Call of the Wild

Virtual Experience

Wild Meet & Greet

In Person Experience


Corn Snakes

Salem and Knox are brothers. They hatched in August 2014 and get along well together (other than at mealtime when each gets a little space). Their favorite snacks are mice and they enjoy exploring new smells and burying themselves under the mulch and soil in their house. Both of them are pretty calm and easygoing when it comes to handling—although, since they look alike, we hear they like to trick new keepers by impersonating each other!


Red Footed Tortoise

These 16-year-old brothers, Bolivar and Rivera, are happiest going on long walks in the sunshine, particularly in one of Woodland Park Zoo’s meadows!


Boa Constrictor

Anahi is a gentle giant that is 11-years-old and weighs over 25 lbs! Keepers and guests alike love when she attends programs.


Bearded Dragon

Freckles is our female bearded dragon. The “beard” is actually a throat pouch covered with long scales. Both males and females communicate by bobbing heads, waving arms and puffing their beards out.

African Fat-Tailed Gecko

Cimbia likes having a chubby tail—the fat she stores there gives her extra energy if food gets scarce. We keep this mellow lizard well-fed with crickets and other insects, so she shouldn’t need to draw on her tail reserves any time soon.

Leopard Gecko

You may notice something missing on our leopard gecko: Spots! Both of our leopard geckos are leucistic, meaning they have a genetic mutation causing less pigment (coloration) in their skin than others of their species—so Taj and Yar are spotless! They are both very calm geckos, and they love to eat bugs and worms!

Blue Tongued Skink

Blue and Henry use their bright blue tongues to grab tasty bugs and fruits. These lizards can also use their tongues in defensive displays. They puff up, flash their tongues, and hiss!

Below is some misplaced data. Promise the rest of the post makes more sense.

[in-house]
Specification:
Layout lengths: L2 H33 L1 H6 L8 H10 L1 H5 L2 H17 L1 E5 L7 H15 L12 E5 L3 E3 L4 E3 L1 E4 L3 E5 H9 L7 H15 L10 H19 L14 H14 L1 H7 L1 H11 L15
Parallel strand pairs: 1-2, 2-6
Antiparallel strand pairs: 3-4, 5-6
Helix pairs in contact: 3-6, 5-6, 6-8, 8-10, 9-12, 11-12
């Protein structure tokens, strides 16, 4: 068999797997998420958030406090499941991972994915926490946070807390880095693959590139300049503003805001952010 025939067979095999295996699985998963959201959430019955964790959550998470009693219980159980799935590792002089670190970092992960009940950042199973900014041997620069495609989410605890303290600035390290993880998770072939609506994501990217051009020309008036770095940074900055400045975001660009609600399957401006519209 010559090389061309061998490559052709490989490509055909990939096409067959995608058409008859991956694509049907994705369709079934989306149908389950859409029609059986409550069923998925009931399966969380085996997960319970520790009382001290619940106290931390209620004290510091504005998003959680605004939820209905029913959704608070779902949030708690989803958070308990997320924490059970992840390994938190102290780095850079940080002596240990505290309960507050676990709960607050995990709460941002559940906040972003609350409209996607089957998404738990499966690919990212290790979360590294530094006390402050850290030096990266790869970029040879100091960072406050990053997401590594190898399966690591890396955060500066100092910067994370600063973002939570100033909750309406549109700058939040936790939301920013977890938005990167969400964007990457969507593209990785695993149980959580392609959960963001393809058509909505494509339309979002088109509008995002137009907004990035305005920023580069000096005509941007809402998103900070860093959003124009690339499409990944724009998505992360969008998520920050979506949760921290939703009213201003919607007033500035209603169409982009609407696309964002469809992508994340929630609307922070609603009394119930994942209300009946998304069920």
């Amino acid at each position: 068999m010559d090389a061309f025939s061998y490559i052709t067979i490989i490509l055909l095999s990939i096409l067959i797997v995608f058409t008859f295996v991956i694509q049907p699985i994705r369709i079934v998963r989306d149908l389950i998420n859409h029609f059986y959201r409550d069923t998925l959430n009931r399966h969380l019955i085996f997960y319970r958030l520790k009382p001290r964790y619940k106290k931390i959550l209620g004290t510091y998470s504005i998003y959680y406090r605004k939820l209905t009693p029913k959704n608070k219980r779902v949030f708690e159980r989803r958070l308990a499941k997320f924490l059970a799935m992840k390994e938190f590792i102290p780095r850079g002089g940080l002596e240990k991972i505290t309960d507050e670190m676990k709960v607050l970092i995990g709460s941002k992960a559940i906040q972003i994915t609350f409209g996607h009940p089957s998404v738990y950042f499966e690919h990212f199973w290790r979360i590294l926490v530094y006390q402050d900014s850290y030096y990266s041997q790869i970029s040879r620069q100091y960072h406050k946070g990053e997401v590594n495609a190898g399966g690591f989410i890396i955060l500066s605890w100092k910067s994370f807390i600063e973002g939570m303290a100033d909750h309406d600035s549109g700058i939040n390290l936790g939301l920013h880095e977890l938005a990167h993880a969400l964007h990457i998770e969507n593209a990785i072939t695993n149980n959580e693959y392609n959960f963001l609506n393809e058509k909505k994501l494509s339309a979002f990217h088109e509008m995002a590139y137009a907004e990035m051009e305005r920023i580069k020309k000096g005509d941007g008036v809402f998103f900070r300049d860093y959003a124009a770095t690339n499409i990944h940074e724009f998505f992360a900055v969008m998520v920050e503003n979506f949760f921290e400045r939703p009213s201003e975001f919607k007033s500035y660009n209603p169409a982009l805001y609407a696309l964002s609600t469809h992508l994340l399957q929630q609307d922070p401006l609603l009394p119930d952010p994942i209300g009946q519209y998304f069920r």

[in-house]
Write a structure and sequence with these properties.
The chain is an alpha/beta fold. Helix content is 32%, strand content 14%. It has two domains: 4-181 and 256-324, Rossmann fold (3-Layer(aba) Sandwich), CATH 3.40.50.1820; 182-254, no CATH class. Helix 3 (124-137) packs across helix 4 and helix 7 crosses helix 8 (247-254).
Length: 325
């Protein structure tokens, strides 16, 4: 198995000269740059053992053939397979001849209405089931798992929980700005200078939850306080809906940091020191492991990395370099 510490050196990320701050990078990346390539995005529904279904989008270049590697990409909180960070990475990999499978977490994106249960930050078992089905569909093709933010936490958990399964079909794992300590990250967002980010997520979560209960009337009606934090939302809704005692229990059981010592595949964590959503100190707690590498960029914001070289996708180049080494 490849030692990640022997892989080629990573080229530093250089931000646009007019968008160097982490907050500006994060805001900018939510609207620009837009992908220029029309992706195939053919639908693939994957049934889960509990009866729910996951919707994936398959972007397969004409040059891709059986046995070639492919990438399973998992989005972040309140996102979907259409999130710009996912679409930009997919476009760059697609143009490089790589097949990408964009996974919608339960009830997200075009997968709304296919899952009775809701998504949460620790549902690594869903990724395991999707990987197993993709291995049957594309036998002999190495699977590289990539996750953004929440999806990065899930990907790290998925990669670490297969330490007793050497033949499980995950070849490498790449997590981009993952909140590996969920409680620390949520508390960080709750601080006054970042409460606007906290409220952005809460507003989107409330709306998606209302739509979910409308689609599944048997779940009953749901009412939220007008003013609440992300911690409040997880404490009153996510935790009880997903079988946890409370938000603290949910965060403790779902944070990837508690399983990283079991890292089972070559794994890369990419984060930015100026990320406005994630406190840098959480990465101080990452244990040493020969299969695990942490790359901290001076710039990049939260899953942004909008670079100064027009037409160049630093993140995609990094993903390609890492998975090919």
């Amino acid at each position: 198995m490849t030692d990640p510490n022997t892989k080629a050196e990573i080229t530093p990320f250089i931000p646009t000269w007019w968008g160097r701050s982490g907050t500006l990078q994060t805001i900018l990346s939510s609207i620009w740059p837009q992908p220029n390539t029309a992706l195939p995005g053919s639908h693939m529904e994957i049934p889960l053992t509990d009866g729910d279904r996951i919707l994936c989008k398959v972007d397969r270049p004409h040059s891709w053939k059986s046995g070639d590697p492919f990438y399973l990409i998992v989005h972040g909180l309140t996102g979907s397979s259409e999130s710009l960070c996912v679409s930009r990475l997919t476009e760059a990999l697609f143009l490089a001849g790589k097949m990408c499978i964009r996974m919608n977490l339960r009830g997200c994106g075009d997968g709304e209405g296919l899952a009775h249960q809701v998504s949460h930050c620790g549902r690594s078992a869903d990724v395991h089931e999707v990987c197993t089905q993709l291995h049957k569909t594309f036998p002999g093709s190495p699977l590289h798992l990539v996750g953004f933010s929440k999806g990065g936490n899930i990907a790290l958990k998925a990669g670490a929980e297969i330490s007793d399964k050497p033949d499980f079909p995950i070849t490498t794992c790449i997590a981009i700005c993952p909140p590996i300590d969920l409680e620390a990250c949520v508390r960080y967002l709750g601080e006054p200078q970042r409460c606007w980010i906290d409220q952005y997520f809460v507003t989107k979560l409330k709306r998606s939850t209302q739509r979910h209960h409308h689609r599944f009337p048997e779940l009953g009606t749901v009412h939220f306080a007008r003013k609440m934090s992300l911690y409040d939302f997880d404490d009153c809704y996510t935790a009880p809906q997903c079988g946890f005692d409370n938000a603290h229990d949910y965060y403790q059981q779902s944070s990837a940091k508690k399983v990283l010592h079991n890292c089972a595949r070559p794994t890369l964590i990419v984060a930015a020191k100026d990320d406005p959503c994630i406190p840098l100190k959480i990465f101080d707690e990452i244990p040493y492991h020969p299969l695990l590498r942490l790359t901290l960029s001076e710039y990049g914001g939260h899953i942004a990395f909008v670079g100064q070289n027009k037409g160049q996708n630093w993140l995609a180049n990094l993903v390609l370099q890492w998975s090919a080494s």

Spiny-Tailed Monitor Lizard

Uluru is our female monitor lizard. She is laid-back and loves to nap. Digeridoo, our male, is full of energy and very inquisitive. These Australian reptiles are smaller cousins of the Komodo dragon.


Egyptian Tortoise

Profile info coming soon!


Rubber boa

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Ball Python

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Sinaloan Milk snake

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Gray-Banded King snake

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Madagascar Hissing Cockroach

At 3 inches long, these are one of the largest roaches in the world! They live in rotting logs on the island of Madagascar—not in the shadows under the kitchen sink. Calm and wingless, these insects are nature’s recyclers.


Brazilian Black Tarantula

Our Brazilian black tarantula is a velvety beauty. Females grow to about 7 inches across, making it easy to see all the details of these gentle, fuzzy spiders.


Jungle Nymphs

The giant thorny phasmid, also known as a jungle nymph, is native to Asian tropical rainforests. If you think it looks like a leaf, you’re not wrong. Phasmids use camouflage in the lush foliage around them to blend in and avoid predators. They are harmless to humans and feed entirely on plant material.

Australian Walking Stick

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New Guinea Walking Stick

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Our Mission

Woodland Park Zoo saves wildlife and inspires everyone to make conservation a priority in their lives.

Land Acknowledgment

Woodland Park Zoo recognizes that these are the lands of the Tribal signatories of the Treaty of Point Elliott. We acknowledge their stewardship of this place continues to this day and that it is our responsibility to join them to restore the relationship with the living world around us.

5500 Phinney Ave. N., Seattle, WA 98103   |  206.548.2500  |

Association of Zoos & Aquariums
Seattle Parks & Recreation
Humane Certification